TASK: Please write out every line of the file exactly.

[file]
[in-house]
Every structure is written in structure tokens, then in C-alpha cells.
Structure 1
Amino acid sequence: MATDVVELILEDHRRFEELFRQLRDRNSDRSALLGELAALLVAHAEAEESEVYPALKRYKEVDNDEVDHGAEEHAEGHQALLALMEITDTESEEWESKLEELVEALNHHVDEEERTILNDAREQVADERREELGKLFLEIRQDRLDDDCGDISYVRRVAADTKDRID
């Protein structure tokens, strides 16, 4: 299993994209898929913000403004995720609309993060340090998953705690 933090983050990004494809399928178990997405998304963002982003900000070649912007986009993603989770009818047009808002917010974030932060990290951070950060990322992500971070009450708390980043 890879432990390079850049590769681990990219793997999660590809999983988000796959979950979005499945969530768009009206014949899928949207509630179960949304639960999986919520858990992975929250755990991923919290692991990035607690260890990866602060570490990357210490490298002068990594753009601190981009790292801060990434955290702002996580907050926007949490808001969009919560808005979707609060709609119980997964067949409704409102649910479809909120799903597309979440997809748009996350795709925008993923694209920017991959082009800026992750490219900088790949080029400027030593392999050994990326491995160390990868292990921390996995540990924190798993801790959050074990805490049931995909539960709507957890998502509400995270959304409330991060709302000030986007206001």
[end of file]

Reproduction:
[in-house]
Every structure is written in structure tokens, then in C-alpha cells.
Structure 1
Amino acid sequence: MATDVVELILEDHRRFEELFRQLRDRNSDRSALLGELAALLVAHAEAEESEVYPALKRYKEVDNDEVDHGAEEHAEGHQALLALMEITDTESEEWESKLEELVEALNHHVDEEERTILNDAREQVADERREELGKLFLEIRQDRLDDDCGDISYVRRVAADTKDRID
């Protein structure tokens, strides 16, 4: 299993994209898929913000403004995720609309993060340090998953705690 933090983050990004494809399928178990997405998304963002982003900000070649912007986009993603989770009818047009808002917010974030932060990290951070950060990322992500971070009450708390980043 890879432990390079850049590769681990990219793997999660590809999983988000796959979950979005499945969530768009009206014949899928949207509630179960949304639960999986919520858990992975929250755990991923919290692991990035607690260890990866602060570490990357210490490298002068990594753009601190981009790292801060990434955290702002996580907050926007949490808001969009919560808005979707609060709609119980997964067949409704409102649910479809909120799903597309979440997809748009996350795709925008993923694209920017991959082009800026992750490219900088790949080029400027030593392999050994990326491995160390990868292990921390996995540990924190798993801790959050074990805490049931995909539960709507957890998502509400995270959304409330991060709302000030986007206001």